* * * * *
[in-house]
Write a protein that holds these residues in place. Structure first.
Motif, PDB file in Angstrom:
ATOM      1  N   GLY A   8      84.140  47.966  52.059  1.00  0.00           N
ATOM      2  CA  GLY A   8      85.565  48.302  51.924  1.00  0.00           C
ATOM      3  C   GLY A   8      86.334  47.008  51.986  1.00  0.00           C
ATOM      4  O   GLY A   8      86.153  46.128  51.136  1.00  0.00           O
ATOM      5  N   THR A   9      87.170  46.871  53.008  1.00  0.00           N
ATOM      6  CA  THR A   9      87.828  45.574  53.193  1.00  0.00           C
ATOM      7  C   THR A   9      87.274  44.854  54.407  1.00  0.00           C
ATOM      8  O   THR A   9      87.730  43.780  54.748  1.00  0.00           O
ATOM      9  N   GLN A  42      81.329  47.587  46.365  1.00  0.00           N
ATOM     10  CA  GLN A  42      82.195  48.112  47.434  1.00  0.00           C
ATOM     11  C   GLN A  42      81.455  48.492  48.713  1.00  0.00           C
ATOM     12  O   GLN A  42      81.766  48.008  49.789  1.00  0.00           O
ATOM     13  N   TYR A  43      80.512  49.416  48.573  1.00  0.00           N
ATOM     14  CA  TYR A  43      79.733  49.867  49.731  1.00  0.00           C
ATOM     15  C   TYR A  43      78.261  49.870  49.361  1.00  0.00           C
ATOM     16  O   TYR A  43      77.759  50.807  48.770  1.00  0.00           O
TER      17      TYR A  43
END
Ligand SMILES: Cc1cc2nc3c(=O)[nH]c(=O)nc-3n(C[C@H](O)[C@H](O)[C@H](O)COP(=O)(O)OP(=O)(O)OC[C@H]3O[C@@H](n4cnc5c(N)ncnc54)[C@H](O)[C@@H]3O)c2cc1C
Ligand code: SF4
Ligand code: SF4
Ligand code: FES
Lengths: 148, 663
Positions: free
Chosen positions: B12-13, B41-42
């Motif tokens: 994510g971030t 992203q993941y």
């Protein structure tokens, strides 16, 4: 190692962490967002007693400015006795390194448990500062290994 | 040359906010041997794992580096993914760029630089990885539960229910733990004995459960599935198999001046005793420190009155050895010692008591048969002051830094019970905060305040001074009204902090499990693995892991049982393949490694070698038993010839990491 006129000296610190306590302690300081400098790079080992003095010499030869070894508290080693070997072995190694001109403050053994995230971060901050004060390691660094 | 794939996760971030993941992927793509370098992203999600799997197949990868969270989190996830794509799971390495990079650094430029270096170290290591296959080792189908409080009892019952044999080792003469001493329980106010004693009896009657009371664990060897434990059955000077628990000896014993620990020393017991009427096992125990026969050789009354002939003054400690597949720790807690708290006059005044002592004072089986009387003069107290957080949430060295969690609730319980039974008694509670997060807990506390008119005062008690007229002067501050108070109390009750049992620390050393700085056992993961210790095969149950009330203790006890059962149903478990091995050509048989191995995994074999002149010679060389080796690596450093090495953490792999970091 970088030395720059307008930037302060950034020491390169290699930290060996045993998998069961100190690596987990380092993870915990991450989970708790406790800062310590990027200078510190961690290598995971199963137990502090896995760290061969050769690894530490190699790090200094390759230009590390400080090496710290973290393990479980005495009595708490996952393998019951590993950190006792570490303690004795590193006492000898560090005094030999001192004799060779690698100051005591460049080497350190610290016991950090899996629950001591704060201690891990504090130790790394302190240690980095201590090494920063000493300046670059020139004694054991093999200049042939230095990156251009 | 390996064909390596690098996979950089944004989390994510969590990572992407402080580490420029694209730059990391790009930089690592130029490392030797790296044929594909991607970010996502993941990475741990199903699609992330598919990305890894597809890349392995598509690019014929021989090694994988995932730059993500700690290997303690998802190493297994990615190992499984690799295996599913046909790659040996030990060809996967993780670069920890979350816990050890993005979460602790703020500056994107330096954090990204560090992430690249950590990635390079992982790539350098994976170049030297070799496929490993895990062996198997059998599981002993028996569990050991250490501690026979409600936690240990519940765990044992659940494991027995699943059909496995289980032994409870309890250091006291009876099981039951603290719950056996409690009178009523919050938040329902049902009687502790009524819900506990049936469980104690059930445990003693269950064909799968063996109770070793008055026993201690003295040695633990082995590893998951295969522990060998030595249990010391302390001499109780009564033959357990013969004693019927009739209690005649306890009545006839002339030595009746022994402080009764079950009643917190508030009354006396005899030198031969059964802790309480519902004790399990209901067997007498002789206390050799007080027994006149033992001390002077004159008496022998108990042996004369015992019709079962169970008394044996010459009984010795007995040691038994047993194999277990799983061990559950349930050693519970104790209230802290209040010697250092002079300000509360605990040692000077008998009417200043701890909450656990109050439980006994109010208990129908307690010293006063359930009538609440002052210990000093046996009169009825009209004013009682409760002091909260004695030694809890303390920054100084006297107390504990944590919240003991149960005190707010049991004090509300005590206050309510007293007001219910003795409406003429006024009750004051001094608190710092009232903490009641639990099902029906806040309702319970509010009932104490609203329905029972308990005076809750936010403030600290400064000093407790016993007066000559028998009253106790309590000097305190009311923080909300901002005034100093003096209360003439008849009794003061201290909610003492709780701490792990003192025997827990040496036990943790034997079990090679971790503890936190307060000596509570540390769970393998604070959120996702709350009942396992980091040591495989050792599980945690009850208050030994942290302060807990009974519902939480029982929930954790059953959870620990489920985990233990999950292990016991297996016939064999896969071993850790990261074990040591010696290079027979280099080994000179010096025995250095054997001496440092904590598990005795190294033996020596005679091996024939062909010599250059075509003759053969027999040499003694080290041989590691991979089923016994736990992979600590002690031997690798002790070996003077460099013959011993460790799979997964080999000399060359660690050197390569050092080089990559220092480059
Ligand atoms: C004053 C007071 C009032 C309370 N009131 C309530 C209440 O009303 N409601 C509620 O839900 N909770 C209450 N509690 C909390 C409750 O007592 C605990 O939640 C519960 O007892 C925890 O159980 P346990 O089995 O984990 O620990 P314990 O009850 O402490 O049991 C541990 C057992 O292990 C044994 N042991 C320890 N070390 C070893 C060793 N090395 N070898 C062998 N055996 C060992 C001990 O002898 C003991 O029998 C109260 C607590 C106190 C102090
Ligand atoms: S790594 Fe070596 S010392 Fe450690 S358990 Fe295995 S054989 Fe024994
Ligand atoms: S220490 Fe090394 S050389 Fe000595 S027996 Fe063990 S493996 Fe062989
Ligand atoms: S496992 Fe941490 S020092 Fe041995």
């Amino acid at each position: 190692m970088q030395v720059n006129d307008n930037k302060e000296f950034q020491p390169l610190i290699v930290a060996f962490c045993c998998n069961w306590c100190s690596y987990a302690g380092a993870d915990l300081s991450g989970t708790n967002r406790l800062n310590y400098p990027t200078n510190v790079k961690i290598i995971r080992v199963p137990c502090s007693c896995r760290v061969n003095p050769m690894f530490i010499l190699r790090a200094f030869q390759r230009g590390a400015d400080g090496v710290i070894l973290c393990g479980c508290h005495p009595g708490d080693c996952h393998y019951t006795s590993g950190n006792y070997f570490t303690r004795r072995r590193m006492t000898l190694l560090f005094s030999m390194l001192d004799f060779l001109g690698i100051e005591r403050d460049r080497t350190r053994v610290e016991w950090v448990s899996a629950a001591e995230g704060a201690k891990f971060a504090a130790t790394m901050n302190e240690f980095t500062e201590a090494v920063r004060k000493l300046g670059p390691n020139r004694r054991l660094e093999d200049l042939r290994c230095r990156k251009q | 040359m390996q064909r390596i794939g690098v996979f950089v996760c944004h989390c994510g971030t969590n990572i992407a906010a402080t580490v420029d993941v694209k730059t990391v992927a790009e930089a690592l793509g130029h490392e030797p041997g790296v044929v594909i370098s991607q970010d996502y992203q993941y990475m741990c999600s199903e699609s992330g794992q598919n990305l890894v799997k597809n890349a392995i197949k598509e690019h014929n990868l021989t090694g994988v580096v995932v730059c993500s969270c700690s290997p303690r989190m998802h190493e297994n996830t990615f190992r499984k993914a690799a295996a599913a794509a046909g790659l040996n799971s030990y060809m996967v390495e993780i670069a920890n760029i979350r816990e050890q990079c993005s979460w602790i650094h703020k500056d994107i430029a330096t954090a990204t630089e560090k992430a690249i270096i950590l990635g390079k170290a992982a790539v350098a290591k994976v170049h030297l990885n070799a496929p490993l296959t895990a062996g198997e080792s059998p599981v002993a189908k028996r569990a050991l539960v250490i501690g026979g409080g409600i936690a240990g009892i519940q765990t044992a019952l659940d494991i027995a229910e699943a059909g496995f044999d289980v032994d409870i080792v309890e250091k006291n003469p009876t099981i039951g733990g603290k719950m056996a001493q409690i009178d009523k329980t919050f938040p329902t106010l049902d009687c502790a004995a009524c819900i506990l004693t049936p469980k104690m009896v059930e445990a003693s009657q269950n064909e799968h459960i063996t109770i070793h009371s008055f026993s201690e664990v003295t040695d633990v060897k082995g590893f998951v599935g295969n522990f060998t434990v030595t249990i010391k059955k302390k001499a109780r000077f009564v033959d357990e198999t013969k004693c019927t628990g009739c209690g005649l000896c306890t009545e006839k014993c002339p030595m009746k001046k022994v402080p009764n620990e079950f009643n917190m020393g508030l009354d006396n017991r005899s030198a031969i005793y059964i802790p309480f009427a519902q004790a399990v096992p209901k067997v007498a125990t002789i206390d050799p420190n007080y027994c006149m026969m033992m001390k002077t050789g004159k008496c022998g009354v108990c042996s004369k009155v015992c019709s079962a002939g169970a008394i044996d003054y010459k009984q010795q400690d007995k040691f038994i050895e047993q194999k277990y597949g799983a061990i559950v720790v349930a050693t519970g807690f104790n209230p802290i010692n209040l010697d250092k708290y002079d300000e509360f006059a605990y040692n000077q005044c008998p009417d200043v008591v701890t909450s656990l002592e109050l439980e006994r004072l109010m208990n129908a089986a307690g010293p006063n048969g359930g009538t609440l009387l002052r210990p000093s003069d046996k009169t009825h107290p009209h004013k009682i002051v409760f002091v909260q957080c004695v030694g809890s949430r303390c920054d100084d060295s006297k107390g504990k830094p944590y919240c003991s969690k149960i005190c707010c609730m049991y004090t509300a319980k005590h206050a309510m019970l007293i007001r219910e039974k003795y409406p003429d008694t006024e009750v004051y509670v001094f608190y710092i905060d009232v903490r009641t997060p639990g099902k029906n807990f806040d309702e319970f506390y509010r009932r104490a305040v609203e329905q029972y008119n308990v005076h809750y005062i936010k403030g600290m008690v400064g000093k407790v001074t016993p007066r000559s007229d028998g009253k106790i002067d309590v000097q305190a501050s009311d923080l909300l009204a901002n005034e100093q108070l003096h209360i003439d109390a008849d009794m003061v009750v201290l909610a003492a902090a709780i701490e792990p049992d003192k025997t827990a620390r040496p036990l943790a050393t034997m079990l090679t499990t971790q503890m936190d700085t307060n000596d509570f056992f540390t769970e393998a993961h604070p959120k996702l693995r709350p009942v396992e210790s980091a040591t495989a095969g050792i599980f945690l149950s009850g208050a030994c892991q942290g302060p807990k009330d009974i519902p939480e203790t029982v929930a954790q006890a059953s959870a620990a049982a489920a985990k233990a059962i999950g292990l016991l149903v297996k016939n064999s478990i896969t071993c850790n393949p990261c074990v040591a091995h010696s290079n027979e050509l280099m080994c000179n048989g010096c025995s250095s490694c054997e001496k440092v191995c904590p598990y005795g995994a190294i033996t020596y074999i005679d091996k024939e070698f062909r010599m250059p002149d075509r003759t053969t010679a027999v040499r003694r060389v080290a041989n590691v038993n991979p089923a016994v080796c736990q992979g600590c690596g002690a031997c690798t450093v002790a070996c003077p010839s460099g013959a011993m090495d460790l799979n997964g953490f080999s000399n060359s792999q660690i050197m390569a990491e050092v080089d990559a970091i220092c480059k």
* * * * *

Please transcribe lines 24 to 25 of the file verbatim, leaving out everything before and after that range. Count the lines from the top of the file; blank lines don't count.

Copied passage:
Ligand code: SF4
Ligand code: FES